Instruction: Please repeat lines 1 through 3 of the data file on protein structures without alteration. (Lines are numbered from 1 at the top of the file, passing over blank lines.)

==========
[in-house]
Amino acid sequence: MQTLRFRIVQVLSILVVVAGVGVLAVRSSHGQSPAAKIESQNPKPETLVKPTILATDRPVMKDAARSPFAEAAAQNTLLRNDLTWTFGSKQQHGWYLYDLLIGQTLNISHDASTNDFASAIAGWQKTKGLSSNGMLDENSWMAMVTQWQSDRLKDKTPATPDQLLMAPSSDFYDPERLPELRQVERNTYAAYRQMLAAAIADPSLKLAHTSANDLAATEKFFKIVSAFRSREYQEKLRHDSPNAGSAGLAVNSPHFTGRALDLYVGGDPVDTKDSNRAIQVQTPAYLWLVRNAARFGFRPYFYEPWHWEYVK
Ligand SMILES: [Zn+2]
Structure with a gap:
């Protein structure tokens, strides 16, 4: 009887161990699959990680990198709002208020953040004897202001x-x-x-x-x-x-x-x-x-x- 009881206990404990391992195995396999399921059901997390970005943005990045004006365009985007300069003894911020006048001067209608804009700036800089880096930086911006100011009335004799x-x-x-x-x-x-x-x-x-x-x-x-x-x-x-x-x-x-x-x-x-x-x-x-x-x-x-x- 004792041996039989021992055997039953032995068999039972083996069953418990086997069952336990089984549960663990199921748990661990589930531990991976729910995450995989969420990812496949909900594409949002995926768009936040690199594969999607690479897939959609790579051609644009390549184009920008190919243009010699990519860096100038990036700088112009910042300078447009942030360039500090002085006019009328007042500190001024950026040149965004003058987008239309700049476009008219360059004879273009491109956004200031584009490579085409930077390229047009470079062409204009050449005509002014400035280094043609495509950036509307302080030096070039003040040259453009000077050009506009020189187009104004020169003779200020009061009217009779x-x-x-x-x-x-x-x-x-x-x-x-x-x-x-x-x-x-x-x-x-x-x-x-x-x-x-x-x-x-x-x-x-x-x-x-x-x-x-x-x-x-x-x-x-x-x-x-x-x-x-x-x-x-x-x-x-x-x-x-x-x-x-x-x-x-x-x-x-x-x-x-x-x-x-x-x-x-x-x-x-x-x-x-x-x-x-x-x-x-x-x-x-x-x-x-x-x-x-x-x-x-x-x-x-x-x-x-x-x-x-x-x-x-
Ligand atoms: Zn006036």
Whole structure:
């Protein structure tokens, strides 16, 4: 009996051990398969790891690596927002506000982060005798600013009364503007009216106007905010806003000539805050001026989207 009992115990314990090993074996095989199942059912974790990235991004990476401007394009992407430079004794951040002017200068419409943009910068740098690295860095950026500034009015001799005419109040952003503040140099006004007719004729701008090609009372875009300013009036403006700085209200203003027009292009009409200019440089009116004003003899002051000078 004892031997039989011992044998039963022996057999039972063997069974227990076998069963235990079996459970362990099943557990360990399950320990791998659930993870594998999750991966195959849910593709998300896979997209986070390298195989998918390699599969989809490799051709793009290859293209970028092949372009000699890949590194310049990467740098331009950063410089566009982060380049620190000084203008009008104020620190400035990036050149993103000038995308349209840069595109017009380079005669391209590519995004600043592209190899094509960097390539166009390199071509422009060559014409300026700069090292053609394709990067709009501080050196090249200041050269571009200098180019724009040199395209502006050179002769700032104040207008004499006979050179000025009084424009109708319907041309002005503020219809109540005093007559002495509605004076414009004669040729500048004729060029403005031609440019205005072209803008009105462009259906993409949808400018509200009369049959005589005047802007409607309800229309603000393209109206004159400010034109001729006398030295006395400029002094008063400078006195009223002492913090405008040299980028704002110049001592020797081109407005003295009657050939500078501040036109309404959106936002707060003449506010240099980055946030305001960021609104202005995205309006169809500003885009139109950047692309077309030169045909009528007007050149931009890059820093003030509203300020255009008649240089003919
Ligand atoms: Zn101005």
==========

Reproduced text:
[in-house]
Amino acid sequence: MQTLRFRIVQVLSILVVVAGVGVLAVRSSHGQSPAAKIESQNPKPETLVKPTILATDRPVMKDAARSPFAEAAAQNTLLRNDLTWTFGSKQQHGWYLYDLLIGQTLNISHDASTNDFASAIAGWQKTKGLSSNGMLDENSWMAMVTQWQSDRLKDKTPATPDQLLMAPSSDFYDPERLPELRQVERNTYAAYRQMLAAAIADPSLKLAHTSANDLAATEKFFKIVSAFRSREYQEKLRHDSPNAGSAGLAVNSPHFTGRALDLYVGGDPVDTKDSNRAIQVQTPAYLWLVRNAARFGFRPYFYEPWHWEYVK
Ligand SMILES: [Zn+2]